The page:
NEW YORK -- On a night when Chrissie Hynde's energy belied
her age and the pop-punk of the Pretenders seemed to pour from
her very soul, it was hard to fathom how the recently reunited B-
52's would top their opener.
Their headlining-band status was evidenced by an elaborate stage
setup of decorative planets dangling above their heads and stars
twinkling from the rafters, but following a powerful set of early and
newly refashioned Pretenders hits, they had a lot of work to do
Wednesday night at New York City's famed Radio City Music Hall.
Still, the loud and always festive presence of frontman Fred
Schneider, decked out in yellow and orange, coupled with the wailing
of high-haired Kate Pierson, quickly established that this over-the-
top band was up to the task.
With the opening humming of "Planet Claire," the audience was on its
feet and dancing -- and that's how fans remained for the entire
The return to the band of the singing and conga-playing Cindy
Wilson, in flowing black garb and wavy blond hair, and the
augmenting of the principal players with a lively group of backing
musicians -- including a female bassist in a sari -- only added to the
vision and the voices onstage.
"They're intergalactic," said 29-year-old Graciela Brastavsky of
Manhattan. "The B-52's are about love and energy."
Two silhouetted dancers bracketed the stage as the band rocked
hits such as "Private Idaho," "Roam" and "Good Stuff," during which
Wilson and Pierson engaged in spirited, dueling vocal theatrics that
recalled their early days while staying true to their more marketable
In true frontman fashion, Schneider dropped corny but engaging
one-liner intros between songs. "This is a real ass-shaker coming up!"
he shouted. Like the rest of the group, he seemed genuinely thrilled
to be flailing around the stage like a madman. During "Strobelight,"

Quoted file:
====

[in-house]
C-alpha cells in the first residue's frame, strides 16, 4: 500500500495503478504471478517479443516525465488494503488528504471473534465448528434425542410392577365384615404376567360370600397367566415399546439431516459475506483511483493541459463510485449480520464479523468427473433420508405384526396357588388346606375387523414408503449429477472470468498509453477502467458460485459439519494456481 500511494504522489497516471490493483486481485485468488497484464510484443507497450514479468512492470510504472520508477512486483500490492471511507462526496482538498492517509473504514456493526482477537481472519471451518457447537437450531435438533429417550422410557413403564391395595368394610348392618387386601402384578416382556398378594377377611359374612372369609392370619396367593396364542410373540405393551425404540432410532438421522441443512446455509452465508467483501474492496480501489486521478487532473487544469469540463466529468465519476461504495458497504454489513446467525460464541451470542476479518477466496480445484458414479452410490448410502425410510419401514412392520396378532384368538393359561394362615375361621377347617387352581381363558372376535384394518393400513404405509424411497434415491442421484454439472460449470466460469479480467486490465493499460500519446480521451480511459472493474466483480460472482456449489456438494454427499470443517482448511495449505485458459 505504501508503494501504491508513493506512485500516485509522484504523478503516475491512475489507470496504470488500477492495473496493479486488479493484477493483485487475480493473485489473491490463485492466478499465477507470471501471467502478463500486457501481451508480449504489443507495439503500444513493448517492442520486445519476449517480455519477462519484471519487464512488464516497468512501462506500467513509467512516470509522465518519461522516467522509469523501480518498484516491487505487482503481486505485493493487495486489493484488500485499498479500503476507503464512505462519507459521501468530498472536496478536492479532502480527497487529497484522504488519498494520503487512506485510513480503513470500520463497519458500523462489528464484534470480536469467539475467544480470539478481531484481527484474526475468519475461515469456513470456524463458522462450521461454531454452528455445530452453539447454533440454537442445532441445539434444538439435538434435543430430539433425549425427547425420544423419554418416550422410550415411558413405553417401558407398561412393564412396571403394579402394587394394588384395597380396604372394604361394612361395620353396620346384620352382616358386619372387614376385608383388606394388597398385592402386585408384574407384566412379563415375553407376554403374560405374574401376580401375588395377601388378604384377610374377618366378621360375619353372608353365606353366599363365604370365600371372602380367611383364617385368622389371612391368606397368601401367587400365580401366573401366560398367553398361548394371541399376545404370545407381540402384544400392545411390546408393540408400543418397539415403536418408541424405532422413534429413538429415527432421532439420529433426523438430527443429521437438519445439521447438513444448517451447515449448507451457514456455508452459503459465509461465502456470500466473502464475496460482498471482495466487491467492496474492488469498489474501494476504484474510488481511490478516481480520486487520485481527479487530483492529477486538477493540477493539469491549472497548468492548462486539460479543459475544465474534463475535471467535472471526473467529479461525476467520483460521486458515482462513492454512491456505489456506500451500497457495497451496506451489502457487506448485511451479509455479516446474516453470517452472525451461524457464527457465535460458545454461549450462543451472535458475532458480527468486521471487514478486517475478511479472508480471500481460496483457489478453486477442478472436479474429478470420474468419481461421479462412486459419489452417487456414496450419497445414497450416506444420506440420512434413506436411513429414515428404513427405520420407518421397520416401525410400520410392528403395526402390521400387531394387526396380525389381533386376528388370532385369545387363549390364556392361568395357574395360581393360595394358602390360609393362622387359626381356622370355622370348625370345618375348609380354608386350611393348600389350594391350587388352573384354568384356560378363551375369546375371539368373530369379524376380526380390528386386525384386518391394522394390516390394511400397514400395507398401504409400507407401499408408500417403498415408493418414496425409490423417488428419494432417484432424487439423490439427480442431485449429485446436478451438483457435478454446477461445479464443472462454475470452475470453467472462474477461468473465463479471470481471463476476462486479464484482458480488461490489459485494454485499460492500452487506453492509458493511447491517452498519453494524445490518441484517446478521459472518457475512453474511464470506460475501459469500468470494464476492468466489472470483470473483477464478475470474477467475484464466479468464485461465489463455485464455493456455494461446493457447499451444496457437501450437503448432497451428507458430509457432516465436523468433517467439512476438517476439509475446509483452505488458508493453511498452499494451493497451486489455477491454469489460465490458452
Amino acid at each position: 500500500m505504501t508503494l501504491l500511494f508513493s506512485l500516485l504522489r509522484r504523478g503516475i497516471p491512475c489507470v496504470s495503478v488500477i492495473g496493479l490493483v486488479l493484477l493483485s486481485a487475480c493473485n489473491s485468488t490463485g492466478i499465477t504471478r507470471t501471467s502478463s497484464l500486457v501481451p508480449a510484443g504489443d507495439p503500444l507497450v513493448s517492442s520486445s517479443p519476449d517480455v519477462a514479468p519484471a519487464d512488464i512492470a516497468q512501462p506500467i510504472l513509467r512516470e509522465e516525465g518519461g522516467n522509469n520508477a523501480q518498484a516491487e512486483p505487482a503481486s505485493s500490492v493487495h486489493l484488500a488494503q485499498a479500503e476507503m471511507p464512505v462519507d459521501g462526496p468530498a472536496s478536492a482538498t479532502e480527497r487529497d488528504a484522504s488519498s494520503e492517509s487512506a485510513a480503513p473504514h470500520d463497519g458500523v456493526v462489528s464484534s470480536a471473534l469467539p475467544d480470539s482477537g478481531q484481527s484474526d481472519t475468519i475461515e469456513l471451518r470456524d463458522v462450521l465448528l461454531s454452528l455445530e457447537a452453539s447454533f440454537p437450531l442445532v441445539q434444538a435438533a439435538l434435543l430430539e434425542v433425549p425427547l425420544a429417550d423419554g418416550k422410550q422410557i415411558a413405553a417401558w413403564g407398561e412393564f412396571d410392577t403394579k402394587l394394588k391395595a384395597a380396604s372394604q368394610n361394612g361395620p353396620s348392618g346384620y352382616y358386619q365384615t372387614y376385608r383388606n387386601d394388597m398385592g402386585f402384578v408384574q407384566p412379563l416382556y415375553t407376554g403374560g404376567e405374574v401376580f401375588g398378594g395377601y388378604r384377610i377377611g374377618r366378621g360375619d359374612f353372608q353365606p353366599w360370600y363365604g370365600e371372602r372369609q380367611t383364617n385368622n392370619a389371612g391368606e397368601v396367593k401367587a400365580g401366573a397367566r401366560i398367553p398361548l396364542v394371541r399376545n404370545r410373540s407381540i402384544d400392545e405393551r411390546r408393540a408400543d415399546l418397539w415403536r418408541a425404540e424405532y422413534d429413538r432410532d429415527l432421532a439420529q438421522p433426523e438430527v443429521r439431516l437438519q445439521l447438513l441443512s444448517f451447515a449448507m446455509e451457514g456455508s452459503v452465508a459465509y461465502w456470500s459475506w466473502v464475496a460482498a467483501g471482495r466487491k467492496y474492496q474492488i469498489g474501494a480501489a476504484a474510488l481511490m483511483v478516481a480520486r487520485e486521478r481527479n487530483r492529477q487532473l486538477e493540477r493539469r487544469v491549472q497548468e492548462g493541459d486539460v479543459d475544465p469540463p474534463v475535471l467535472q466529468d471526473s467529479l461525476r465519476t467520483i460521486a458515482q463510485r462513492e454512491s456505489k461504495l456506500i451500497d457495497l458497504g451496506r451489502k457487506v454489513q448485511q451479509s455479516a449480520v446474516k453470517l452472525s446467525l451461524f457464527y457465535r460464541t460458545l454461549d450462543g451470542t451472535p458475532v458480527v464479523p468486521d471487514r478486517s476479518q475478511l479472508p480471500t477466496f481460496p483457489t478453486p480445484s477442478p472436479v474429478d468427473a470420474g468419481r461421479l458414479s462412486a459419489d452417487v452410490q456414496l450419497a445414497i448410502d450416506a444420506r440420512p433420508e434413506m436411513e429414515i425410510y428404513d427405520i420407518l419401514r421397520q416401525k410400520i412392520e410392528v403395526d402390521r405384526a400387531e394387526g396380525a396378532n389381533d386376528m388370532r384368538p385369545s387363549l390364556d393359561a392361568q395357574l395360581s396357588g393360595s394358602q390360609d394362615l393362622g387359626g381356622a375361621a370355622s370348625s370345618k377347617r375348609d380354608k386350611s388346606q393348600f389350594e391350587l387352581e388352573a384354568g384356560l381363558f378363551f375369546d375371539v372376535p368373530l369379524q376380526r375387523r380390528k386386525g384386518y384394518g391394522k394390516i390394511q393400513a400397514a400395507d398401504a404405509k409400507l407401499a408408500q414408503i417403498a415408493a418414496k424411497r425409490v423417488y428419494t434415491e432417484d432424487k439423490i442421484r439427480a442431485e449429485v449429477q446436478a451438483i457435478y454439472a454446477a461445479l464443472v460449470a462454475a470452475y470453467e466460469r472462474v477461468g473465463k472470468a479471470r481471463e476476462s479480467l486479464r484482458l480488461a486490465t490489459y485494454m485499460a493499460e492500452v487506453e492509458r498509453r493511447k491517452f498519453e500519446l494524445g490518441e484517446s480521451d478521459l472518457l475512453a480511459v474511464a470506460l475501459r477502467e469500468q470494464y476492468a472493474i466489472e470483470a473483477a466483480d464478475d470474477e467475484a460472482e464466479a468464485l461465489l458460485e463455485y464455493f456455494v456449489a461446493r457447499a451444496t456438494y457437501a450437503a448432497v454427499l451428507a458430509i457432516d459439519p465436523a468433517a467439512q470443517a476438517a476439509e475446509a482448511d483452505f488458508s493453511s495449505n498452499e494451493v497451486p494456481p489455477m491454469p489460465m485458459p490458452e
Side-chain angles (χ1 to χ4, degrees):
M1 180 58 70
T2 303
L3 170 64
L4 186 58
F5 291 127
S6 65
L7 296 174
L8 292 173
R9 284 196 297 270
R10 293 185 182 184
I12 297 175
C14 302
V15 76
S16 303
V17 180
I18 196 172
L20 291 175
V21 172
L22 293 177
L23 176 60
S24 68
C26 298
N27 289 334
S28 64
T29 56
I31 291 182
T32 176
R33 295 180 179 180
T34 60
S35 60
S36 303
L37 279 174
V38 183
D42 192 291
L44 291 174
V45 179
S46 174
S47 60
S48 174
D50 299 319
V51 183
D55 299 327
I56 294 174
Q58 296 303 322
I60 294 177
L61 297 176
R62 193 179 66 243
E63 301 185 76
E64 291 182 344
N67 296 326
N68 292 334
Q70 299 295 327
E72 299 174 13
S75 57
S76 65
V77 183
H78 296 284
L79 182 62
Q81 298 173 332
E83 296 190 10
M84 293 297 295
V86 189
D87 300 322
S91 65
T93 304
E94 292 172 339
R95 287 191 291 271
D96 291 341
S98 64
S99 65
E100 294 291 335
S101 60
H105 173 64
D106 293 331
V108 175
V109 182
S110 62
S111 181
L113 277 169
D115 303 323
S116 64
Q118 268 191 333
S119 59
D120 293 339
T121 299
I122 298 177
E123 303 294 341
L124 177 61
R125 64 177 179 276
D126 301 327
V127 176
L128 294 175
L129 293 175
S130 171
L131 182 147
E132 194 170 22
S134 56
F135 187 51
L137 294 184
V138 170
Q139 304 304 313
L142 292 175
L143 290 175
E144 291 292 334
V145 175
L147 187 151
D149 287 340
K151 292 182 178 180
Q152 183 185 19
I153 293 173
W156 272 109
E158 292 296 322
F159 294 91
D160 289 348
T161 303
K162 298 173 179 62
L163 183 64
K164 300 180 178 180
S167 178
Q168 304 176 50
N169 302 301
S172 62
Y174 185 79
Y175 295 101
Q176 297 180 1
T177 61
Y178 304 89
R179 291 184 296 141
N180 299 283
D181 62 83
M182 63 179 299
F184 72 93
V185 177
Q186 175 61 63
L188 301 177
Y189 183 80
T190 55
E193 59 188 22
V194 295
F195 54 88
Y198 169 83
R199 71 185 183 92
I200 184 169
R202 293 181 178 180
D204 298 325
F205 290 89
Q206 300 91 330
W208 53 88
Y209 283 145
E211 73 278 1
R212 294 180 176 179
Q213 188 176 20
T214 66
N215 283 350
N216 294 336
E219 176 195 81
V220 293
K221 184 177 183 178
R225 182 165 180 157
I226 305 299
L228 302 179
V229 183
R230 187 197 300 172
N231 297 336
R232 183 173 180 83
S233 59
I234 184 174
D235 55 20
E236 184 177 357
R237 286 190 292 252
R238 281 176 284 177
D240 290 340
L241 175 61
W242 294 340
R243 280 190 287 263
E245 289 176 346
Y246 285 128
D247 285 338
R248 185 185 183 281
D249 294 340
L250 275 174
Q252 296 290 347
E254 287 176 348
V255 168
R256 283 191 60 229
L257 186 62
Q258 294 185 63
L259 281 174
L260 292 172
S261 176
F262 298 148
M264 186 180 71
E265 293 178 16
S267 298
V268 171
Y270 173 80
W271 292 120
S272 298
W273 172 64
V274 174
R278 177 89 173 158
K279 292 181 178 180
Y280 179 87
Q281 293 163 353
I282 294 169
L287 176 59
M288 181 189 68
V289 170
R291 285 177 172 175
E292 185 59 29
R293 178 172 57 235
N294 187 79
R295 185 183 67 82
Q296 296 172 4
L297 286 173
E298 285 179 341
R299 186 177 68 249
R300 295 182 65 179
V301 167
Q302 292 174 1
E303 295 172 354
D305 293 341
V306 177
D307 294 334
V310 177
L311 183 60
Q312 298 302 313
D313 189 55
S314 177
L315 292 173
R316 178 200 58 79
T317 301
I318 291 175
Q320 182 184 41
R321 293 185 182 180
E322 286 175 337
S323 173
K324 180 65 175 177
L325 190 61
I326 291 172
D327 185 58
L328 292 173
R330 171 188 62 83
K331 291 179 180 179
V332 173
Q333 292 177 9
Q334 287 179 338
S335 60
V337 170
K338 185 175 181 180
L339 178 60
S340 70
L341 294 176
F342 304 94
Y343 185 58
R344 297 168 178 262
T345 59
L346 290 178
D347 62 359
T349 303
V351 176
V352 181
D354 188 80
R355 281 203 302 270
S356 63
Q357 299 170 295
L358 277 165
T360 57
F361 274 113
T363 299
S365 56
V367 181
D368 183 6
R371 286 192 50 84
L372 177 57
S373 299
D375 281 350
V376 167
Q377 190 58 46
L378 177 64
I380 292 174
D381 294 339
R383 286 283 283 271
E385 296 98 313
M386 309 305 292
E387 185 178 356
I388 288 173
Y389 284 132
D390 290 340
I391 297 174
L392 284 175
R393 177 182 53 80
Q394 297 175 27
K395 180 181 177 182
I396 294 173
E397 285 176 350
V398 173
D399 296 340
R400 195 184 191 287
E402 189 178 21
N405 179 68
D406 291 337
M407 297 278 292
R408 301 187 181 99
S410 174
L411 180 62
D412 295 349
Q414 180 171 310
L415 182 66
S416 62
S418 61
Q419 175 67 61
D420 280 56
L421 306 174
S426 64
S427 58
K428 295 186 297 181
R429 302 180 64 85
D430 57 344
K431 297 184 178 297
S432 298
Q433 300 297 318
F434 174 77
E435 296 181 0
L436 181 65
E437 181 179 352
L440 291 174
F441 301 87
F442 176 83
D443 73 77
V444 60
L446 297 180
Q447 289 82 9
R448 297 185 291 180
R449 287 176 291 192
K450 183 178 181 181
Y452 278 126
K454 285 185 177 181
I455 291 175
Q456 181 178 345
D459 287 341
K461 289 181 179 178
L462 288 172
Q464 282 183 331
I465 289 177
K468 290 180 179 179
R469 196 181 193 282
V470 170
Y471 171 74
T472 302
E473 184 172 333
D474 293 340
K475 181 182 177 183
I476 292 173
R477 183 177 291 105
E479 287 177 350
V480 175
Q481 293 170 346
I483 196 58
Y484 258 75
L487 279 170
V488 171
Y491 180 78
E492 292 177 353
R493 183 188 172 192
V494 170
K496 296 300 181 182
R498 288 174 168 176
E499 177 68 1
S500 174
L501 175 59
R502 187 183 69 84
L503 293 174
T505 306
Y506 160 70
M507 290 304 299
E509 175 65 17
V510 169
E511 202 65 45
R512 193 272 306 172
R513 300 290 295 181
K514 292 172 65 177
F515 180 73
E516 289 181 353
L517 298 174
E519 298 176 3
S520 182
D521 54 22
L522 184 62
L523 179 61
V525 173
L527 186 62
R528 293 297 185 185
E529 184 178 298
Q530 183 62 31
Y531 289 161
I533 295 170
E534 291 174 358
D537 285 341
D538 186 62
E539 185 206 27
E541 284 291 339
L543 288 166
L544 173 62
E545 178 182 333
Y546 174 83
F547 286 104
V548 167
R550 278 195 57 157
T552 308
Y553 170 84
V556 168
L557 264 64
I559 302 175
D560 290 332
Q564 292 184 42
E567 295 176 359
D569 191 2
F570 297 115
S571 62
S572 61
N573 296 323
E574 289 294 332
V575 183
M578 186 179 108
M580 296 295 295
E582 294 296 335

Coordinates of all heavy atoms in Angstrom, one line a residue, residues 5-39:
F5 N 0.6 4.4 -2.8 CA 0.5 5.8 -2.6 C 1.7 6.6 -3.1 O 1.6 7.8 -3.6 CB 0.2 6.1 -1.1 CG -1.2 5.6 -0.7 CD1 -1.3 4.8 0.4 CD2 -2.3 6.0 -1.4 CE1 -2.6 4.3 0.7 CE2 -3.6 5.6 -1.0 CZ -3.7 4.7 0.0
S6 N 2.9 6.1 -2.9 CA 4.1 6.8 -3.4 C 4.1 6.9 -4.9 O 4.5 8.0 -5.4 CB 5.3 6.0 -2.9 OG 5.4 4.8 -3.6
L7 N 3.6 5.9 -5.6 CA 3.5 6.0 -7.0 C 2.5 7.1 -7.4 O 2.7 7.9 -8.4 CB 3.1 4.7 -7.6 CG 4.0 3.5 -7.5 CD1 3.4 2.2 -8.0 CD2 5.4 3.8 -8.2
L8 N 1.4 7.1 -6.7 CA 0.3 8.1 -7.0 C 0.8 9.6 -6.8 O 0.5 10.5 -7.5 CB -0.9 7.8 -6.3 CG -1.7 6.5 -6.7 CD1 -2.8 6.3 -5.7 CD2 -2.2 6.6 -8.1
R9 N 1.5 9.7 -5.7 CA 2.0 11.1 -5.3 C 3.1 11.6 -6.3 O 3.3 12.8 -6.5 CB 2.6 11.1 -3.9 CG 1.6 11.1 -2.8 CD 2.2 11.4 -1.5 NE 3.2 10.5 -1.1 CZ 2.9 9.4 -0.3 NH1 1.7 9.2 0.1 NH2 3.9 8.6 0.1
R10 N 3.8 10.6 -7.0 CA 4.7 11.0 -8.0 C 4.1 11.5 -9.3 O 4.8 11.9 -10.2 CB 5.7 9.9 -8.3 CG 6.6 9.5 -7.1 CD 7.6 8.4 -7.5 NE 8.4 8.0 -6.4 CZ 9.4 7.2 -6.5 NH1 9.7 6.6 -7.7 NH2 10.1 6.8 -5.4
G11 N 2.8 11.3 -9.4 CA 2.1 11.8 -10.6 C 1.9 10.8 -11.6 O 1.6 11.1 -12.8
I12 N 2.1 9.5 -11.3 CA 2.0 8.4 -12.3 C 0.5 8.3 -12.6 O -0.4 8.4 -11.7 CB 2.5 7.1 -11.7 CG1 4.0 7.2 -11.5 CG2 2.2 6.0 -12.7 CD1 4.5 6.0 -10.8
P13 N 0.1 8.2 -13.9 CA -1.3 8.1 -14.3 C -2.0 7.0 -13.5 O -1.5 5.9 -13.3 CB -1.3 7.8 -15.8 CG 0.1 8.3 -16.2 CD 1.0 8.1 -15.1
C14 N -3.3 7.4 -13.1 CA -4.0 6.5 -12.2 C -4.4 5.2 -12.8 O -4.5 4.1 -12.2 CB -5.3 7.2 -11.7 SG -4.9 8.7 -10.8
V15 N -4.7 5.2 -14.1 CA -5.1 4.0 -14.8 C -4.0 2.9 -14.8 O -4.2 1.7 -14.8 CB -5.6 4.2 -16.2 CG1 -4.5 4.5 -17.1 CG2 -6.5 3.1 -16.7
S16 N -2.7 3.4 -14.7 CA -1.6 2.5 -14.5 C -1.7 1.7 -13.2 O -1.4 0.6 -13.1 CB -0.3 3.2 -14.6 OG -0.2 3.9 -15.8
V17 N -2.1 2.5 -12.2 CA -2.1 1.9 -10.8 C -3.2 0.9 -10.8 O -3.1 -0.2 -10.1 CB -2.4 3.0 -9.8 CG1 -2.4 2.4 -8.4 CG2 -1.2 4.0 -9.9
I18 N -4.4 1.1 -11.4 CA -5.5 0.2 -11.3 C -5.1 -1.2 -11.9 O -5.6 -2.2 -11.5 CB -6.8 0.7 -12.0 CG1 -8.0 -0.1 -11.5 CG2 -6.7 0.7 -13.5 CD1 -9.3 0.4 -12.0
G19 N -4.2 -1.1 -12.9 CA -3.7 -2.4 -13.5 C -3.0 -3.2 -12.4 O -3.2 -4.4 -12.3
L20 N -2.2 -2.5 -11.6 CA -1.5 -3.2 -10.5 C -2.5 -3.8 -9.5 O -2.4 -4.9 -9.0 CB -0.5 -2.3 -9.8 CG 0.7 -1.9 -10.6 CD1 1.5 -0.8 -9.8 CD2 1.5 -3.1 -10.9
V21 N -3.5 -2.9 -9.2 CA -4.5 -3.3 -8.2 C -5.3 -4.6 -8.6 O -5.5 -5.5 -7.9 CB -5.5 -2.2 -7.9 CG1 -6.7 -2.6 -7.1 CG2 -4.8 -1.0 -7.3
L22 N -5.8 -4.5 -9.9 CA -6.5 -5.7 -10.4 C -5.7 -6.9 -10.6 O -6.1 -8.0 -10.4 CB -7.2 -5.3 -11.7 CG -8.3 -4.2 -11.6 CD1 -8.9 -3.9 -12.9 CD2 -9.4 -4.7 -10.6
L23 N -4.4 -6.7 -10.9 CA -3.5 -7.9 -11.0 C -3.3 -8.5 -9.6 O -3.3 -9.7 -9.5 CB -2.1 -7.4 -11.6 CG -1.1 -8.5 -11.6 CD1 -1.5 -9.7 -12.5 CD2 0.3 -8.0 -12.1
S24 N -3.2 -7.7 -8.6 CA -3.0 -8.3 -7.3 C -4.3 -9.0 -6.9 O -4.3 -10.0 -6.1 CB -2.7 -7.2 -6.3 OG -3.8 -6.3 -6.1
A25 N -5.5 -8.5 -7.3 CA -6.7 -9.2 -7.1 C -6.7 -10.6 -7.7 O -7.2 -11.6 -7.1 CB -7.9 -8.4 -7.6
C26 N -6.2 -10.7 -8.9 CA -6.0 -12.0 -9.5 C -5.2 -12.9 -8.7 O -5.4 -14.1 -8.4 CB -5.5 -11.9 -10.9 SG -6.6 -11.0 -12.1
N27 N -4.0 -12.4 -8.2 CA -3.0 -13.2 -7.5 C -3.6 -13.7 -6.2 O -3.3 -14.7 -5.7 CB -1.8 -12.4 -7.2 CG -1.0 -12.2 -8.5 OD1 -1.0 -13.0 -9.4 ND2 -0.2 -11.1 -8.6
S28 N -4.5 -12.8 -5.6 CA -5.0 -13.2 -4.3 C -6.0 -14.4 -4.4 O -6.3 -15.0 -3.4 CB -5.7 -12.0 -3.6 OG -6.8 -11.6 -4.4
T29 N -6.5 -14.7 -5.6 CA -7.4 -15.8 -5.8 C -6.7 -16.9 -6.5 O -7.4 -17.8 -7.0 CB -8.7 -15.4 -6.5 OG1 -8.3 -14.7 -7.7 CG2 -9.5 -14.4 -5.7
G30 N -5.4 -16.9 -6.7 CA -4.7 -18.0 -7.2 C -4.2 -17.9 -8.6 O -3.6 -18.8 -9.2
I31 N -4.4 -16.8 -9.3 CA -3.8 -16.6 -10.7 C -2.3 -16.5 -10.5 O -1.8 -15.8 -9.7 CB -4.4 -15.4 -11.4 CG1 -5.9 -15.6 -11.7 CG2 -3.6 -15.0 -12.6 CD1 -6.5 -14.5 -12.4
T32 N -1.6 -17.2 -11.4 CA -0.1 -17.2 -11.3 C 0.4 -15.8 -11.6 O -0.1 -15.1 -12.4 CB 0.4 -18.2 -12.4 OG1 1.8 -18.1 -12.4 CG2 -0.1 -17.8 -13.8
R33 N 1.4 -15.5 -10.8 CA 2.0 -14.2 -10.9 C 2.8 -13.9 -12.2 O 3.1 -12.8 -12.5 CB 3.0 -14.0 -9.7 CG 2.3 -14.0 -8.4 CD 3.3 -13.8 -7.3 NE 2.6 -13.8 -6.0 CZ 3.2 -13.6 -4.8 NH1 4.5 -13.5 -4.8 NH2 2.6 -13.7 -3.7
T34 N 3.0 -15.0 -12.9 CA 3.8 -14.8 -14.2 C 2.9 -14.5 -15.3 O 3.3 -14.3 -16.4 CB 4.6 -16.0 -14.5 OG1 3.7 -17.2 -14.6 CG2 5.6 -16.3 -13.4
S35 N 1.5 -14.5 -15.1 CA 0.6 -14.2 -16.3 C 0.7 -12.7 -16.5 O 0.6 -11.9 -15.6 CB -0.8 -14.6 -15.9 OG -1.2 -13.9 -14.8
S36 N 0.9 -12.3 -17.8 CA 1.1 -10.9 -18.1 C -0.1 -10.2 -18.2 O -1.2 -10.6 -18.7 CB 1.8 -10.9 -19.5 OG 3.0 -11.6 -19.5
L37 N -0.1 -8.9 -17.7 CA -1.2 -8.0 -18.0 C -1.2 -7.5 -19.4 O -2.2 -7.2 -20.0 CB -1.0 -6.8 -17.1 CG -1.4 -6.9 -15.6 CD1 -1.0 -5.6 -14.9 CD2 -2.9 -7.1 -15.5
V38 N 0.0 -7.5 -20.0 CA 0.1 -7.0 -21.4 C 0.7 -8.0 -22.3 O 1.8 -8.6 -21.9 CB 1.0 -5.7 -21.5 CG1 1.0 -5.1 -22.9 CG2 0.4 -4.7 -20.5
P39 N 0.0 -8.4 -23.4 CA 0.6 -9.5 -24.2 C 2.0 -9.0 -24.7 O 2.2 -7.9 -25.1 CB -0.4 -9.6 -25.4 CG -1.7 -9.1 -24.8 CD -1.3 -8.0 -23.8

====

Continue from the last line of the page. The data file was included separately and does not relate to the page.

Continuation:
mesmerizing lighting effects made the audience appear to be floating.
After debuting two new rockers,
HREF="http://www.addict.com/music/B52s/Hallucinating_Pluto.ram" >"Hallucinating Pluto"
>"Hallucinating Pluto"(RealAudio excerpt) and the ode
inspired by Blondie goddess Debbie Harry,
HREF="http://www.addict.com/music/B52s/Debbie.ram">"Debbie"(RealAudio excerpt), the B-52's closed the night with an
exhilarating pairing of their signature songs
HREF="http://www.addict.com/music/B52s/Love_Shack.ram">"Love Shack" HREF="http://www.addict.com/music/B52s/Rock_Lobster.ram">"Rock Lobster"
Shack"(RealAudio excerpt) and
Lobster"(RealAudio excerpt). During the latter, Schneider
yelled out, "It wasn't a rock, it was a new Spice Girl."
"They're the world's greatest party band," said Andy Cohen, 30, who
never stopped dancing.
Still, for all their antics and high harmonies, the B-52's themselves
would have to give applause to rocker Hynde and her band.
Through a riveting set that included tunes from her upcoming album
and such signature Pretenders hits as "Message of Love,"
HREF="http://www.addict.com/music/Pretenders,_The/Talk_Of_The_ Town.ram">"Talk of the Town"
Town.ram">"Talk of the Town"(RealAudio excerpt) and "Kid,"
the new-wave punk priestess played every bit as hard as she did
when she first burst onto the new-wave scene nearly two decades
ago. She looked no older. Her voice was as fresh as when she first put
the tunes down on vinyl.
It was a performance that did nothing to tarnish her rock icon
Dressed simply in a white jacket and black pants and standing on a
bare stage, Hynde immediately connected with the audience with a
bit of sly humor. "Is this the hallowed stage that [Fleetwood Mac
singer] Stevie Nicks herself stood on last week?" she asked in mock
As a ray of white light danced off her guitar and shot upward into
far reaches of the vast hall, Hynde wrapped her thick, sexy voice
around her often frank lyrics on such aggressive rockers as
HREF="http://www.addict.com/music/Pretenders,_The/Night_In_My _Veins.ram">"Night in My Veins"
_Veins.ram">"Night in My Veins"(RealAudio excerpt),
occasionally throwing in a familiar leg kick for emphasis.
She may be getting older, but she's none the worse for it.